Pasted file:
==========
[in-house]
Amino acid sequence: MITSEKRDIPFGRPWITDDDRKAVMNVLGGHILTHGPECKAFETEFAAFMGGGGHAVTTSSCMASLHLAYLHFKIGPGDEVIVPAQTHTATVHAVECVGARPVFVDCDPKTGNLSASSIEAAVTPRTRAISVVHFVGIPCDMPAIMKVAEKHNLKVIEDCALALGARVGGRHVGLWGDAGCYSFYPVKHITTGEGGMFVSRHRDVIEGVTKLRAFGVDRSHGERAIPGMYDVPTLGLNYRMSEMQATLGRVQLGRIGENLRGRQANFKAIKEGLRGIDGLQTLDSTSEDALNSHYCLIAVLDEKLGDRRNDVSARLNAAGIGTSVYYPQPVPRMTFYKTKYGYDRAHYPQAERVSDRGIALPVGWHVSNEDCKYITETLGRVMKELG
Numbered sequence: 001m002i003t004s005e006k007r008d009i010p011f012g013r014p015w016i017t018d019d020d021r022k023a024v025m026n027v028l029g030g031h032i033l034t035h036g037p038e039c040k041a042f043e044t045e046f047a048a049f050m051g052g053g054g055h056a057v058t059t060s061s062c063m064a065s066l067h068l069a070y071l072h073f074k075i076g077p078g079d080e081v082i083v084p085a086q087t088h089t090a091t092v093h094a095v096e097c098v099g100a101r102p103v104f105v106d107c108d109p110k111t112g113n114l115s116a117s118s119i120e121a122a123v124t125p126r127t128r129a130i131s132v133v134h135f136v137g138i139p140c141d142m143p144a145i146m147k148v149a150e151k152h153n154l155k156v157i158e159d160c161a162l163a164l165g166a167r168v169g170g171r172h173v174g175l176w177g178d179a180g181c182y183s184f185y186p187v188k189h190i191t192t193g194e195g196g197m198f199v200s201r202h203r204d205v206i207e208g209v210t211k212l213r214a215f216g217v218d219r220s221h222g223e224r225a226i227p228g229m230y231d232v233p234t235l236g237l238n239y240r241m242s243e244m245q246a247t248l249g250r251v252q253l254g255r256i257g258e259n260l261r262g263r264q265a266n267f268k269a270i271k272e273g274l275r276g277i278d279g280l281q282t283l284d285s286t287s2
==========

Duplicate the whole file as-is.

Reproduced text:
[in-house]
Amino acid sequence: MITSEKRDIPFGRPWITDDDRKAVMNVLGGHILTHGPECKAFETEFAAFMGGGGHAVTTSSCMASLHLAYLHFKIGPGDEVIVPAQTHTATVHAVECVGARPVFVDCDPKTGNLSASSIEAAVTPRTRAISVVHFVGIPCDMPAIMKVAEKHNLKVIEDCALALGARVGGRHVGLWGDAGCYSFYPVKHITTGEGGMFVSRHRDVIEGVTKLRAFGVDRSHGERAIPGMYDVPTLGLNYRMSEMQATLGRVQLGRIGENLRGRQANFKAIKEGLRGIDGLQTLDSTSEDALNSHYCLIAVLDEKLGDRRNDVSARLNAAGIGTSVYYPQPVPRMTFYKTKYGYDRAHYPQAERVSDRGIALPVGWHVSNEDCKYITETLGRVMKELG
Numbered sequence: 001m002i003t004s005e006k007r008d009i010p011f012g013r014p015w016i017t018d019d020d021r022k023a024v025m026n027v028l029g030g031h032i033l034t035h036g037p038e039c040k041a042f043e044t045e046f047a048a049f050m051g052g053g054g055h056a057v058t059t060s061s062c063m064a065s066l067h068l069a070y071l072h073f074k075i076g077p078g079d080e081v082i083v084p085a086q087t088h089t090a091t092v093h094a095v096e097c098v099g100a101r102p103v104f105v106d107c108d109p110k111t112g113n114l115s116a117s118s119i120e121a122a123v124t125p126r127t128r129a130i131s132v133v134h135f136v137g138i139p140c141d142m143p144a145i146m147k148v149a150e151k152h153n154l155k156v157i158e159d160c161a162l163a164l165g166a167r168v169g170g171r172h173v174g175l176w177g178d179a180g181c182y183s184f185y186p187v188k189h190i191t192t193g194e195g196g197m198f199v200s201r202h203r204d205v206i207e208g209v210t211k212l213r214a215f216g217v218d219r220s221h222g223e224r225a226i227p228g229m230y231d232v233p234t235l236g237l238n239y240r241m242s243e244m245q246a247t248l249g250r251v252q253l254g255r256i257g258e259n260l261r262g263r264q265a266n267f268k269a270i271k272e273g274l275r276g277i278d279g280l281q282t283l284d285s286t287s2